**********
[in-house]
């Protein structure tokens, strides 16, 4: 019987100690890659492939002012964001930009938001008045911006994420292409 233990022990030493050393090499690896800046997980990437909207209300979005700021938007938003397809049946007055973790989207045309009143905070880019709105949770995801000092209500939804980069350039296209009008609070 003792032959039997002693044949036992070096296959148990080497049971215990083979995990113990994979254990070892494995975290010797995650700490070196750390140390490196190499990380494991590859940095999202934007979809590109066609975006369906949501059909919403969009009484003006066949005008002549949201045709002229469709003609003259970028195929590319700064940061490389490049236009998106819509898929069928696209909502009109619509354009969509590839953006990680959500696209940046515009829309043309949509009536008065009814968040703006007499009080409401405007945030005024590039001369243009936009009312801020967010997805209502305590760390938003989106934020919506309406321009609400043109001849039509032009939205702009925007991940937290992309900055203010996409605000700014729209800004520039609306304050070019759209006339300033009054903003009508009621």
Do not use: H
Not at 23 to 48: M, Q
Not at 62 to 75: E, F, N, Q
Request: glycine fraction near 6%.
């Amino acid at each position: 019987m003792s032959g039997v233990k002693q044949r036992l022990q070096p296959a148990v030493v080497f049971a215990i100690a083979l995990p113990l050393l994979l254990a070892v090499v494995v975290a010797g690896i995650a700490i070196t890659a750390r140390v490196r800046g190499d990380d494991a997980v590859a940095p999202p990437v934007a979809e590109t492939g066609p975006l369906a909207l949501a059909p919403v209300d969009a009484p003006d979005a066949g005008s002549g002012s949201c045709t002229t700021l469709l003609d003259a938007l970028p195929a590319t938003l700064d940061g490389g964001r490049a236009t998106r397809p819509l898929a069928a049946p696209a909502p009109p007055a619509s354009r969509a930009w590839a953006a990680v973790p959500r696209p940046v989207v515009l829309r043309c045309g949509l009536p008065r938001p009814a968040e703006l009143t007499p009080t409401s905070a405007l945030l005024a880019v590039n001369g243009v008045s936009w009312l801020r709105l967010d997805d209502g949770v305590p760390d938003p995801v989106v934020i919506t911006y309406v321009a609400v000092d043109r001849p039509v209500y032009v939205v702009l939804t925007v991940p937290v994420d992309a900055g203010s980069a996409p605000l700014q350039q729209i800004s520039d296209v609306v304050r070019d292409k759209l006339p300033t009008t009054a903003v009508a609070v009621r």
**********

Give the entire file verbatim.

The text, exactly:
[in-house]
């Protein structure tokens, strides 16, 4: 019987100690890659492939002012964001930009938001008045911006994420292409 233990022990030493050393090499690896800046997980990437909207209300979005700021938007938003397809049946007055973790989207045309009143905070880019709105949770995801000092209500939804980069350039296209009008609070 003792032959039997002693044949036992070096296959148990080497049971215990083979995990113990994979254990070892494995975290010797995650700490070196750390140390490196190499990380494991590859940095999202934007979809590109066609975006369906949501059909919403969009009484003006066949005008002549949201045709002229469709003609003259970028195929590319700064940061490389490049236009998106819509898929069928696209909502009109619509354009969509590839953006990680959500696209940046515009829309043309949509009536008065009814968040703006007499009080409401405007945030005024590039001369243009936009009312801020967010997805209502305590760390938003989106934020919506309406321009609400043109001849039509032009939205702009925007991940937290992309900055203010996409605000700014729209800004520039609306304050070019759209006339300033009054903003009508009621």
Do not use: H
Not at 23 to 48: M, Q
Not at 62 to 75: E, F, N, Q
Request: glycine fraction near 6%.
């Amino acid at each position: 019987m003792s032959g039997v233990k002693q044949r036992l022990q070096p296959a148990v030493v080497f049971a215990i100690a083979l995990p113990l050393l994979l254990a070892v090499v494995v975290a010797g690896i995650a700490i070196t890659a750390r140390v490196r800046g190499d990380d494991a997980v590859a940095p999202p990437v934007a979809e590109t492939g066609p975006l369906a909207l949501a059909p919403v209300d969009a009484p003006d979005a066949g005008s002549g002012s949201c045709t002229t700021l469709l003609d003259a938007l970028p195929a590319t938003l700064d940061g490389g964001r490049a236009t998106r397809p819509l898929a069928a049946p696209a909502p009109p007055a619509s354009r969509a930009w590839a953006a990680v973790p959500r696209p940046v989207v515009l829309r043309c045309g949509l009536p008065r938001p009814a968040e703006l009143t007499p009080t409401s905070a405007l945030l005024a880019v590039n001369g243009v008045s936009w009312l801020r709105l967010d997805d209502g949770v305590p760390d938003p995801v989106v934020i919506t911006y309406v321009a609400v000092d043109r001849p039509v209500y032009v939205v702009l939804t925007v991940p937290v994420d992309a900055g203010s980069a996409p605000l700014q350039q729209i800004s520039d296209v609306v304050r070019d292409k759209l006339p300033t009008t009054a903003v009508a609070v009621r």